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Eddie Izzard, a famous comedian and transvestite, performing his stand up comedy routine Sexie.

Transvestism (also called transvestitism) is the practice of cross-dressing, which is wearing the clothing of the opposite sex. Transvestite refers to a person who cross-dresses; however, the word often has additional connotations.

Contents

History

Although the word "transvestism" was coined as late as 1910s, the phenomenon is not new. This phenomenon was referred to in the Bible and was traced back to Ethiopia and the origin of man. [1]. The term transvestism has undergone several changes of meaning since it was first coined. It is still used in a variety of senses. Therefore it is important to find out, whenever the word is encountered, in which particular sense it is used. However, to understand the different meanings of transvestism it is necessary to explain the development of the term.

Origin of the term

Magnus Hirschfeld coined the term transvestism (from Latin trans-, "across, over" and vestitus, "dressed") to refer to the sexual interest in cross-dressing.[2] He used it to describe persons who habitually and voluntarily wore clothes of the opposite sex. Hirschfeld's group of transvestites consisted of both males and females, with heterosexual, homosexual, bisexual, and asexual orientations.[3]

Hirschfeld himself was not happy with the term: He believed that clothing was only an outward symbol chosen on the basis of various internal psychological situations. In fact, Hirschfeld helped people to achieve the very first name changes (legal given names were and are required to be gender-specific in Germany) and performed the first reported sexual reassignment surgery. Hirschfeld's transvestites therefore were, in today's terms, not only transvestites, but people from all over the transsexual spectrum.

Hirschfeld also noticed that sexual arousal was often associated with transvestite behavior; he also clearly distinguished between transvestism as an expression of a person's "contra-sexual" (transgender) feelings and fetishistic behavior, even if the latter involved wearing clothes of the other sex.

Cross-dressers

After all the changes which took place during the 1970s, a large group was left without a word to describe themselves: heterosexual males (that is, male-bodied, male-identified, gynephilic persons) who wear traditionally feminine clothing. This group was not particularly happy with the term transvestism. Therefore, the term cross-dresser was coined. Self-identified cross-dressers generally do not have fetishistic intentions, but are instead men who wear female clothing and often both admire and imitate women.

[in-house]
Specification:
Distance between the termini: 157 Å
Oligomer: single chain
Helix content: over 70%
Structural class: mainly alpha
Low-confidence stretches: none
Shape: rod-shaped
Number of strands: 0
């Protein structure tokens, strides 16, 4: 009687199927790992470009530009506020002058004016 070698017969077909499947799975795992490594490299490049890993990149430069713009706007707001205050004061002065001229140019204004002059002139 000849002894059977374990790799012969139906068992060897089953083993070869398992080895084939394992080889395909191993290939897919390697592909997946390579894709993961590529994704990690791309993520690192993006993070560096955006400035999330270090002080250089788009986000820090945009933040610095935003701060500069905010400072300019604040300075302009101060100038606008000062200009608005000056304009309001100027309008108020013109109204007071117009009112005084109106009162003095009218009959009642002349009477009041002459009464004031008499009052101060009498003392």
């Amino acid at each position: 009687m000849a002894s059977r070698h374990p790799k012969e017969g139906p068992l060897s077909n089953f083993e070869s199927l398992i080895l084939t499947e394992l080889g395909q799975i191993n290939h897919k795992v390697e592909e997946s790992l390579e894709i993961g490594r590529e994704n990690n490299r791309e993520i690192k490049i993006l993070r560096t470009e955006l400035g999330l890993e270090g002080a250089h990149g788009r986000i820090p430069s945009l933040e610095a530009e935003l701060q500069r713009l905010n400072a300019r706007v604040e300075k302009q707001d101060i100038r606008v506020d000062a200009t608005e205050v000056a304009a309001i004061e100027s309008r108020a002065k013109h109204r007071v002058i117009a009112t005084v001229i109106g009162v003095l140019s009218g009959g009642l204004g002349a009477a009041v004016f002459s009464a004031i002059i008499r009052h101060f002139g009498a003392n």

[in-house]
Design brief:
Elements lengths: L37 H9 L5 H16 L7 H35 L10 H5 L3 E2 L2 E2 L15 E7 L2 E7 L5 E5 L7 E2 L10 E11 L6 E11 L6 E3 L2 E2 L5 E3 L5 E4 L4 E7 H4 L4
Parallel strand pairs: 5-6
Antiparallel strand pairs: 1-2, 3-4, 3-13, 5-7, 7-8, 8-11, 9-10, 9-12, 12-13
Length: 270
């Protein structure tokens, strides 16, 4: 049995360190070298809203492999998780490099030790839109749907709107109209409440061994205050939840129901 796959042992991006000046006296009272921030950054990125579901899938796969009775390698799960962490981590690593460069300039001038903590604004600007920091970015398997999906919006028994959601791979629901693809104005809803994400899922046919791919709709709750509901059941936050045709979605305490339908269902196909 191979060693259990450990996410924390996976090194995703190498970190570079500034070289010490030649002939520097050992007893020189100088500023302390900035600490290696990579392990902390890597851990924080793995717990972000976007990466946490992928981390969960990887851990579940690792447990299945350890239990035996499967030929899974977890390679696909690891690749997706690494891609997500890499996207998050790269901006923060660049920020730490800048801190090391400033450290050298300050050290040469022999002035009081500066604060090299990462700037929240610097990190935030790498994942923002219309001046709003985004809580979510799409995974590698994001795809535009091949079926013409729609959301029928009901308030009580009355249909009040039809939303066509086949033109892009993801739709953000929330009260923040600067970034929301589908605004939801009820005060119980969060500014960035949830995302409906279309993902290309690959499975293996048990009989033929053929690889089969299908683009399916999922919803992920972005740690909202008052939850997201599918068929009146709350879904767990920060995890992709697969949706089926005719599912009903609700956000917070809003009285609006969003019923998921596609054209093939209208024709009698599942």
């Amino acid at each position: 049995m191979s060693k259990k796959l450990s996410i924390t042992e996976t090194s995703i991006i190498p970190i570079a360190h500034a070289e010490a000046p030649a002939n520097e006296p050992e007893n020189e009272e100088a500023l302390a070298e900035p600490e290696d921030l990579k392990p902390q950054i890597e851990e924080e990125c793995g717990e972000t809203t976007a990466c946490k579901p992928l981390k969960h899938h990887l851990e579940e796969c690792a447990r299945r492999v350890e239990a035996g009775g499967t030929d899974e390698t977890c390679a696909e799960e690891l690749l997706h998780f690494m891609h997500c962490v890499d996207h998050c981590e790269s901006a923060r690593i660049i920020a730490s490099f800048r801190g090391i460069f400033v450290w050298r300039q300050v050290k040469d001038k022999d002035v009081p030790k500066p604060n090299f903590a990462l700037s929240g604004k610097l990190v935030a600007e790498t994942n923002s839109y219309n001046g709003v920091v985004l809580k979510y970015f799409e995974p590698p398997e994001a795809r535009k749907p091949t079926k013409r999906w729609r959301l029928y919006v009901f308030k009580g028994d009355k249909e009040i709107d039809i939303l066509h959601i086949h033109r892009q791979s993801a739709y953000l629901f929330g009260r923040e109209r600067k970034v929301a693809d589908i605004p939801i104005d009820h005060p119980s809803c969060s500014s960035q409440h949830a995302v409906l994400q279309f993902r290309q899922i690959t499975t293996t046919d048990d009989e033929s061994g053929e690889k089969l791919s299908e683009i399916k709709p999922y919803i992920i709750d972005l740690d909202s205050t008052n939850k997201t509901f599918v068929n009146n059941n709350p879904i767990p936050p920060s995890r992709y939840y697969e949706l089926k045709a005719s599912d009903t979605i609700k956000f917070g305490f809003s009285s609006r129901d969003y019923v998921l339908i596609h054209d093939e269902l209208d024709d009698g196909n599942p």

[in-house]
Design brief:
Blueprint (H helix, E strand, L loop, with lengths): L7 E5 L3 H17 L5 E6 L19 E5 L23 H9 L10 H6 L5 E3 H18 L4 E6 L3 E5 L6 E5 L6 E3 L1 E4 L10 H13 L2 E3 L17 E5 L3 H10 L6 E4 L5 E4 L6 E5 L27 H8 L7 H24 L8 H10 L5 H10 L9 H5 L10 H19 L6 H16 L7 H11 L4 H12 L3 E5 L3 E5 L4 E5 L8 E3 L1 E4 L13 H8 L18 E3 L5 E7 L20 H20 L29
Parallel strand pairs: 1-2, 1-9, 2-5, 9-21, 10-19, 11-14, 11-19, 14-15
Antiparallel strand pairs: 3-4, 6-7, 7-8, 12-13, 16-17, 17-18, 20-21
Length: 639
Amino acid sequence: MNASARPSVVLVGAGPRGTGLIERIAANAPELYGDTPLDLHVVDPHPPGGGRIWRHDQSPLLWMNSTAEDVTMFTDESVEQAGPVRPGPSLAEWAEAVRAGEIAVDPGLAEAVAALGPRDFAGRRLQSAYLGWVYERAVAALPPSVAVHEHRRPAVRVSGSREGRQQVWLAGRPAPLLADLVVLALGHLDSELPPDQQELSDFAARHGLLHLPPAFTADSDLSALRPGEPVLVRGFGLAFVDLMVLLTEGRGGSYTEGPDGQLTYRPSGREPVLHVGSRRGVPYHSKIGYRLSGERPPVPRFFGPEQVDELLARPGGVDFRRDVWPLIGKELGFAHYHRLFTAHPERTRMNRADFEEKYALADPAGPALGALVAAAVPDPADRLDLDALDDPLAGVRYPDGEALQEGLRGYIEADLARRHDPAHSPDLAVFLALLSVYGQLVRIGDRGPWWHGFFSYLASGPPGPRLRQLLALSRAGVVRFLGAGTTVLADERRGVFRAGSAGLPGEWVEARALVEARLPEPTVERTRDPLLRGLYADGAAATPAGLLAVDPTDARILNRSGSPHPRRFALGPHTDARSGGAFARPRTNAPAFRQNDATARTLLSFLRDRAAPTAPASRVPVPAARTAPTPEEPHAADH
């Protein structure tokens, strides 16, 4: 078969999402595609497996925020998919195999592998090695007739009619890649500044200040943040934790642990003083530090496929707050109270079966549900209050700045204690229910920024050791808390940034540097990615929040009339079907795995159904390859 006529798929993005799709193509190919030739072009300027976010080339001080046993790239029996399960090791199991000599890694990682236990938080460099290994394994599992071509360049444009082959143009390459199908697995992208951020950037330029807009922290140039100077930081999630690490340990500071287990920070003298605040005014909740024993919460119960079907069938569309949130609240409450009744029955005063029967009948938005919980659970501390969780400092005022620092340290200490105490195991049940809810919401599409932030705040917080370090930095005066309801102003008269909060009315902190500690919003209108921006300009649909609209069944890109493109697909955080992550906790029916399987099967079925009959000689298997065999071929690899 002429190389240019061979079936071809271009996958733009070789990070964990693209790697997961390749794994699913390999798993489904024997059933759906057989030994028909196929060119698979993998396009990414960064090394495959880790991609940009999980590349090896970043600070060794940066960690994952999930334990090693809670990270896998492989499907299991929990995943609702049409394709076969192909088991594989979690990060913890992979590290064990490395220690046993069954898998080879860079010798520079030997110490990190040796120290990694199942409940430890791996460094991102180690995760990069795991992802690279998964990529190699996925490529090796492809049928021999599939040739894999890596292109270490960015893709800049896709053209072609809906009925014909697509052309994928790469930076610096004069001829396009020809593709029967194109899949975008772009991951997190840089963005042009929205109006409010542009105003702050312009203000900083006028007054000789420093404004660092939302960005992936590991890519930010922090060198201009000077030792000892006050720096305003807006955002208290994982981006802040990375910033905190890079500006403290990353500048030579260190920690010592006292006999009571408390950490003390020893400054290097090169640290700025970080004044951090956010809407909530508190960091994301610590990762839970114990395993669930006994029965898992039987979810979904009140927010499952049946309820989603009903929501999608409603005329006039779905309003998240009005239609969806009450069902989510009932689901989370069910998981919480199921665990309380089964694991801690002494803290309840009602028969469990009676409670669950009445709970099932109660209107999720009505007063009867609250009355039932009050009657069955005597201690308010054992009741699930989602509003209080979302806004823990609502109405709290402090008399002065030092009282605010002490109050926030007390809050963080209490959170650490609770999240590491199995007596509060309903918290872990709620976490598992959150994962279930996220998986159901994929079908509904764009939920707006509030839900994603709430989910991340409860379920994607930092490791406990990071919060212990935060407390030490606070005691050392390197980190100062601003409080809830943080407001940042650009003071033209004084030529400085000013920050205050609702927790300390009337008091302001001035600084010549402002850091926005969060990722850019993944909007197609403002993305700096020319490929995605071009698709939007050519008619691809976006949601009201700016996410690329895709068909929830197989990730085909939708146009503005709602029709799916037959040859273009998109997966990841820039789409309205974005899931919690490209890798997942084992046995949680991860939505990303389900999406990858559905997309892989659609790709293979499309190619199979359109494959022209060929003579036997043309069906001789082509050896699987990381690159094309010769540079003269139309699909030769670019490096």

This group did—and sometimes still does—distance themselves strictly from both gay men and transsexual people, and usually also deny any fetishistic intentions. It was probably this development that led to the explicit definition of transvestic fetishism as distinctively different from transvestism.

However, when this group of people achieved public attention, they were commonly referred to as transvestites rather than cross-dressers. That led, paradoxically, to yet another usage of transvestism: cross-dressing, male-bodied, male-identified, heterosexual persons. This group typically self-identifies as "cross-dressers".

Echoing the changing history of the term "transvestism", cross-dressing (but not cross-dresser) is now being used to describe the act of wearing clothing of another gender.

See also

References

  1. ^ Aggrawal, Anil. (April 2009). "References to the paraphilias and sexual crimes in the Bible". J Forensic Leg Med 16 (3): 109–14. doi:10.1016/j.jflm.2008.07.006. PMID 19239958. http://www.sciencedirect.com/science?_ob=ArticleURL&_udi=B8CY1-4TRHCD9-1&_user=5081486&_rdoc=1&_fmt=&_orig=search&_sort=d&_docanchor=&view=c&_acct=C000047720&_version=1&_urlVersion=0&_userid=5081486&md5=ccfb8545a50236e6819a0666ba569db2. 
  2. ^ Hirschfeld, Magnus: Die Transvestiten. Eine Untersuchung über den erotischen Verkleidungstrieb mit umfangreichem casuistischen und historischen Material. Berlin 1910: Alfred Pulvermacher
    Hirschfeld, M. (1910/1991). Transvestites: The erotic drive to cross dress.([M. A. Lombardi-Nash, Trans.) Buffalo, NY: Prometheus Books.
  3. ^ Hirschfeld, Geschlechtsverirrungen, 10th Ed. 1992, page 142 ff.







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